On October 27, 2018, Bank Islami reported an online breach of their system in which the bank lost Rs 2.6 million. In November of the same year, the stolen data went on sale on the black market.
On February 22, 2019 Moscow-based threat intelligence firm Group-IB reported spotting the sale of nearly 70,000 Pakistani identity cards on the cybercrime marketplace called Joker’s Stash, worth approximately $3.5 million at the time.
In June 2019, PTA reported the identity theft of nearly 45,000 Pakistani international travelers for the purpose of registering imported mobile phones on DRIBS to avoid payment of customs duty.
In December 2019, it was reported that biometric machines available with the myriad of retailers for SIM card registrations were faulty and were potentially leaking data.
You ID card floating around somewhere not concerning enough? How about the things in your phone you would not want anyone to see. Consider the leaked videos of celebrities and politicians over social media, hacking of social media accounts of public officials, and blackmailing through such videos. If this is still not enough to worry, then perhaps a look at international scenarios might clear the picture.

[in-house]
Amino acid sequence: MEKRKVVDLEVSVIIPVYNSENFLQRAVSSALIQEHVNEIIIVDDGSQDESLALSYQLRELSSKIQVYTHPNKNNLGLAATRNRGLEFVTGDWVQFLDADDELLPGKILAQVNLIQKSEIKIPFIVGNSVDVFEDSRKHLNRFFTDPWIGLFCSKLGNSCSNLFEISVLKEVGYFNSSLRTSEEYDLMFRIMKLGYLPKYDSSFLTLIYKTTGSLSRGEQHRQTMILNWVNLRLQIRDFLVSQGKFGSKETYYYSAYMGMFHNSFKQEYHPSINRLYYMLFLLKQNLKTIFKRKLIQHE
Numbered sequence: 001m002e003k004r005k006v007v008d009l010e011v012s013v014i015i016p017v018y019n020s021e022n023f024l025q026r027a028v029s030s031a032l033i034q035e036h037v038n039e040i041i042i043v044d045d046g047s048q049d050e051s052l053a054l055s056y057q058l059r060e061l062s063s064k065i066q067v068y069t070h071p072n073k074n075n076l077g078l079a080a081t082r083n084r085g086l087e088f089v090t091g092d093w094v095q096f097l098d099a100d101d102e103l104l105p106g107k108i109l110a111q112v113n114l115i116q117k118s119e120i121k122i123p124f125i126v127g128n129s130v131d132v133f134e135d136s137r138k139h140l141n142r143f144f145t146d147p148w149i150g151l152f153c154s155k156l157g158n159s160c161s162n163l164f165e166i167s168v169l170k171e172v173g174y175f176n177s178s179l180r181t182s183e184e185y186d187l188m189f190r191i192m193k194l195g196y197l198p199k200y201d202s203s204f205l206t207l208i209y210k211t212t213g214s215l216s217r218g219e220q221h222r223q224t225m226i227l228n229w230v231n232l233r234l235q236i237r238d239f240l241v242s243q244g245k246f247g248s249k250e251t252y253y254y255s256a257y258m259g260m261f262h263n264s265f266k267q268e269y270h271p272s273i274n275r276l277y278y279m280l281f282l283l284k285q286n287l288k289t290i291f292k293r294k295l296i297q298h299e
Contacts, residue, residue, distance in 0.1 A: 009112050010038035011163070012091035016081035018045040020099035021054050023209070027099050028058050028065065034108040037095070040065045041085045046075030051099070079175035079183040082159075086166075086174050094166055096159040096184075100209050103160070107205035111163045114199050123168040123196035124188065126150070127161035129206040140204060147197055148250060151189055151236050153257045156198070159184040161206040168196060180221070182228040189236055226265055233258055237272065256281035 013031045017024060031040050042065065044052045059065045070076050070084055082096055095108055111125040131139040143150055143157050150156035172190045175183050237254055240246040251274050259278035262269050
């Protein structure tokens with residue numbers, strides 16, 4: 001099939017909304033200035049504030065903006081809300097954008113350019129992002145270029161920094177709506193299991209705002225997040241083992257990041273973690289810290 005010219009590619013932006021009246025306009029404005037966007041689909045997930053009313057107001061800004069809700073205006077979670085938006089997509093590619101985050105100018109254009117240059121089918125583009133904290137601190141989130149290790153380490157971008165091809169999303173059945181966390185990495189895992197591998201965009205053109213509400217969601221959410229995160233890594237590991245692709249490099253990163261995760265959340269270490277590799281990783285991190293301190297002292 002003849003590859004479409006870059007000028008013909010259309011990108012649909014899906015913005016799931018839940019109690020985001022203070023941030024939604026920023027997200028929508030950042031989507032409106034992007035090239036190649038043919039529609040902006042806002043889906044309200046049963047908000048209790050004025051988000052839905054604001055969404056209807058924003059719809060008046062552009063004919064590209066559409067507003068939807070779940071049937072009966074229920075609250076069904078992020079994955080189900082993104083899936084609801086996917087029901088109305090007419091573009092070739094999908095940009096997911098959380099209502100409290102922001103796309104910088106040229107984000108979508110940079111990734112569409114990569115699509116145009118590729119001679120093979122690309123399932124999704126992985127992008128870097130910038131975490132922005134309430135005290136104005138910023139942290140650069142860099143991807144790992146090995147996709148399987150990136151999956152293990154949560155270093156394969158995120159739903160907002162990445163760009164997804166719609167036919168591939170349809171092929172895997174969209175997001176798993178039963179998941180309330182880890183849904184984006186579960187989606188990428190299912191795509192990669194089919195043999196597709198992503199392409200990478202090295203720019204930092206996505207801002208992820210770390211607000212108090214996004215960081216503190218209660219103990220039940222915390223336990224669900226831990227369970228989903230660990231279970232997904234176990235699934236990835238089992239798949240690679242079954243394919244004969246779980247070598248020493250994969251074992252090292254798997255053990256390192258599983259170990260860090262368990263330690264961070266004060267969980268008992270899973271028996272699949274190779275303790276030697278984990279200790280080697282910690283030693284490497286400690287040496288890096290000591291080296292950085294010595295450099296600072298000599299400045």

In January 2014, in South Korea data from 100 million credit cards was stolen along with 20 million bank accounts. In 2017, a marketing analytics firm, Alteryx, left an unsecured database online that publicly exposed sensitive information for about 123 million U.S. households.
In 2015, a dating site was attacked where pseudonyms, birth dates, postal codes, and IP addresses of 4 million accounts were made public. In early 2018, Facebook-Cambridge Analytica data scandal revealed that the said company had harvested the personal data of millions of people’s Facebook profiles without their consent and used it for political advertising purposes.
More recently, the Mueller Report outlined investigations into allegations of Russian interference into the US elections, through social media campaigns and hacking into email accounts owned by volunteers and employees of the losing candidate of 2016 US Presidential elections.
The fact of the matter remains that our lives are changing and becoming increasingly dependent on technology. If you have an air conditioner in your bedroom that you can control through your mobile phone, chances are that anyone with the required skill set will be able to control your AC with your mobile phone as well.
What do the experts say?
The technological world is being run by two countries: a hardware producer – United States of America and a software producer – China. The rest of the globe is just consumers. Put in a crude way, the globe is undergoing a technological colonization of sorts. Information security is now an inevitable part of national security. From atomic codes to national databases, and from the switch of a television to the adjustment of a thermostat, everything around a modern human is engulfed in technology, and therefore is under a very real threat of being hacked and overpowered.